Since the Tampa Bay Lightning showed Vincent Lecavalier the door in the summer in order to open up some cap space, there has been much speculation as to who might be the next captain (which isn't expected to be revealed until after the conclusion of the team's pre-season schedule). The sentimental favorite, from what I've seen of the discussion through social media, is Martin St. Louis who, in my opinion, would likely be an outstanding captain.
However, I disagree that he'll be named the next one.
General Manager Steve Yzerman is a competitive person, as we all know from his playing days, so the fact that the Bolts haven't made playoffs since 2010-11, the first season he was in charge of hockey operations, has probably been very frustrating for him - especially since he's the one responsible for the on-ice product. I believe that he's come up with a way to remedy this: The Lightning are in the process of going younger.
He seems to be bringing up the core of their highly successful AHL affiliate, who's now been to the Calder Cup Finals two years in a row, to move things along in a playoff sort of direction at the NHL level.
Who can blame him, right? Most of those players have integrated seamlessly into the Tampa Bay lineup when they were brought up last season. They all know each other, they have chemistry together, and they know what it takes to go deep into playoffs. On top of that, the man that orchestrated much of their success - Jon Cooper - is now the Lightning's head coach. So it's easy to see why Yzerman would want to go in that direction.
I realize that the team is still in somewhat of a transition phase. At this point, there are still a number of veterans who are expected to keep their roster spots. But that doesn't invalidate the direction the team seems to be heading.
Steven Stamkos, Alex Killorn, and Radko Gudas are all 23. Victor Hedman is 22, Keith Aulie 24, and Anders Lindback is 25. Then there are at least three forward and one defenseman roster spots open - that will probably be filled by Tyler Johnson, Ondrej Palat, and Richard Panik, and Mark Barberio who are all also under 25 years old. That age group will likely make up nearly half of the team by the start of the NHL season.
So, with that in mind, I just don't see St. Louis becoming captain.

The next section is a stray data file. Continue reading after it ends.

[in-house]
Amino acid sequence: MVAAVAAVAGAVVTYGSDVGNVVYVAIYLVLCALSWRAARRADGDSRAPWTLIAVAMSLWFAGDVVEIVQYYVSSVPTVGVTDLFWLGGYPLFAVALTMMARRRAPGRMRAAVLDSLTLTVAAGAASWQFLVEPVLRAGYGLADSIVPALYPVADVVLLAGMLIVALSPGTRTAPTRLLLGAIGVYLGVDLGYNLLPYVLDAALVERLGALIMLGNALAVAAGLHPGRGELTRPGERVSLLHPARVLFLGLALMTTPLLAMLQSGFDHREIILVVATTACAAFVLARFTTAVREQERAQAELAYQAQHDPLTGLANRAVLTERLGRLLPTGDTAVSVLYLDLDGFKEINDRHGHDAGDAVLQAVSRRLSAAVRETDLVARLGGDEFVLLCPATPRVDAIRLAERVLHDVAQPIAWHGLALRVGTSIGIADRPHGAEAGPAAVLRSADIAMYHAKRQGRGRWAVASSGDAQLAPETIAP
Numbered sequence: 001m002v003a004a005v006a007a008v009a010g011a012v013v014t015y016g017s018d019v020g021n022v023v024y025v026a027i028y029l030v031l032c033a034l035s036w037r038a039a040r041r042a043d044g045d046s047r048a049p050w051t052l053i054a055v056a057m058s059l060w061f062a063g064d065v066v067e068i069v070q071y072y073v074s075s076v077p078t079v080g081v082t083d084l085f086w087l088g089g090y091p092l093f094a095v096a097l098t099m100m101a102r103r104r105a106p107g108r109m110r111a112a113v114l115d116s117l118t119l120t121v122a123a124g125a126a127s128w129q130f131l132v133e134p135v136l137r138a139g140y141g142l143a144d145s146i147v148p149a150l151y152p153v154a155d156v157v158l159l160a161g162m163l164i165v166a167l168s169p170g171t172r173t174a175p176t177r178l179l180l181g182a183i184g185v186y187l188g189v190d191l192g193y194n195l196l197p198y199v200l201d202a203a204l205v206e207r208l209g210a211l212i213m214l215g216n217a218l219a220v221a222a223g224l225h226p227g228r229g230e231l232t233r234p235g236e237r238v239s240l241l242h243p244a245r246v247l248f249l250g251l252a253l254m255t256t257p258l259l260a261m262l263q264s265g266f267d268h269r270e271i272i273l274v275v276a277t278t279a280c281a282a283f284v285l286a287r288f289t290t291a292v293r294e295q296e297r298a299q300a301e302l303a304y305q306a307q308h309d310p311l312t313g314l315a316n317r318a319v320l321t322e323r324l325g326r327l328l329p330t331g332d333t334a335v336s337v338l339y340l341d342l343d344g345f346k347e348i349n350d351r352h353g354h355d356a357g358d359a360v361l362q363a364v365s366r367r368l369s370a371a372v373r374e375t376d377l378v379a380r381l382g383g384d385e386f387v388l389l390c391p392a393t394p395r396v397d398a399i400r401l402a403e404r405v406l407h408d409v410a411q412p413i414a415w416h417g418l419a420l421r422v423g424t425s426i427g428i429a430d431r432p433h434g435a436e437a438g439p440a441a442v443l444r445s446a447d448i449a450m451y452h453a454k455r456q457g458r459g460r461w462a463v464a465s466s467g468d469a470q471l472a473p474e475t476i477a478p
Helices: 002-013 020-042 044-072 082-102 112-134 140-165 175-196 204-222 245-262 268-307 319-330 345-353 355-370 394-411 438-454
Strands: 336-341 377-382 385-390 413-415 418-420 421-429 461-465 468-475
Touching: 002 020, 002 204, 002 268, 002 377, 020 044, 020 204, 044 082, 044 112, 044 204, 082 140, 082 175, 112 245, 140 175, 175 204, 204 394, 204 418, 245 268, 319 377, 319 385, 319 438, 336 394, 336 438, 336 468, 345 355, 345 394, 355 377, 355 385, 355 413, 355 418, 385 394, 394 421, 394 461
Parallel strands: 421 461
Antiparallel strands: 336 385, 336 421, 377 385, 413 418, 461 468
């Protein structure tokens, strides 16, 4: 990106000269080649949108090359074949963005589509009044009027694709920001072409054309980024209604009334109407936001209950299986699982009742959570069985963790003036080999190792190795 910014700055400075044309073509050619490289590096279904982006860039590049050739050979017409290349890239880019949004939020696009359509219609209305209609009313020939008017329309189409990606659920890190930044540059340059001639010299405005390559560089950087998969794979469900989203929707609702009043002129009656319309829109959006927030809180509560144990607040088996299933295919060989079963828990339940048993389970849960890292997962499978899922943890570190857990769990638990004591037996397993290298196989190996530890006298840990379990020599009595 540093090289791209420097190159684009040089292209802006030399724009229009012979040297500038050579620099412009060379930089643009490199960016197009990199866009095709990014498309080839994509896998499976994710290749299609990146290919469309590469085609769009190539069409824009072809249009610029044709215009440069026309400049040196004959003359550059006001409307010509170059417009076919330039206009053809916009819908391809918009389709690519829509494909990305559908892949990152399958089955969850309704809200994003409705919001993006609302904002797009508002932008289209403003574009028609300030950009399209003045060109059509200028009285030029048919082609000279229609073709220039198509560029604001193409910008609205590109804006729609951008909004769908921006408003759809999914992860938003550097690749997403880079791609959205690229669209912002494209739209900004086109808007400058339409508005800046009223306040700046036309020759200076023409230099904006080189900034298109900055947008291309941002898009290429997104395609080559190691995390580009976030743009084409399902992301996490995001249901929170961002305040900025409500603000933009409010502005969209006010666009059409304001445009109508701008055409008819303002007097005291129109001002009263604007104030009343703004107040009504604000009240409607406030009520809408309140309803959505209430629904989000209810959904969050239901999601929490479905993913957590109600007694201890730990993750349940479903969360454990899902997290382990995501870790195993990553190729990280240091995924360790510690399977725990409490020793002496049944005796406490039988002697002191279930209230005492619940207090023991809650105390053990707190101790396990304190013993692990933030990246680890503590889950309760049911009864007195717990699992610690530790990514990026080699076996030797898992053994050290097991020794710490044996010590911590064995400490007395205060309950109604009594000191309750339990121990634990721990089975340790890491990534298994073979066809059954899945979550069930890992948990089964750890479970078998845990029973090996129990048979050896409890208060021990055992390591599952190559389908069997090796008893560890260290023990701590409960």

Instead, I think that the captaincy will likely end up with Steven Stamkos. He's now the uncontested face of the Lightning with Vinny gone, and he's around the same age as the players coming in from Syracuse. Not to mention the trend of NHL captains these days of favoring marketability over character.
This isn't to say that Stamkos doesn't have character; it's that his marketability overrides his on-ice reputation. He's often mentioned with the likes of Sidney Crosby and Alex Ovechkin these days, and for good reason. However, name recognition trumps most things in many areas of life, and especially in professional sports.
Think about it; if you were to ask general NHL fans around the league to start spouting off players from Tampa Bay, who would be the first one to roll off their lips? Chances are, it's Stamkos first and foremost.
Stamkos also has his NHL career still ahead of him, while St. Louis is at the tail end of his. Sure, Marty could play for another five years or more, but will he? At this point, he's only signed through the end of the 2014-2015 season. It's hard to say, at this point. Regardless, the safer bet is going with Stamkos over St. Louis, in that regard.
On top of that, Yzerman runs this team and will almost certainly have some input over who should be named captain. He himself was one of the youngest captains named in NHL history. So it's doubtful that he'd look upon Stamkos as not being ready, if only for Yzerman's own personal experience.
Certainly, St. Louis is the logical solution, but since when has sports ever been logical? Does he deserve the captaincy? Yes, I think so. And as I've said before, I think he'd be a great captain.
But if anyone other than Steven Stamkos is named captain of the Tampa Bay Lightning, including St. Louis, I will be very surprised.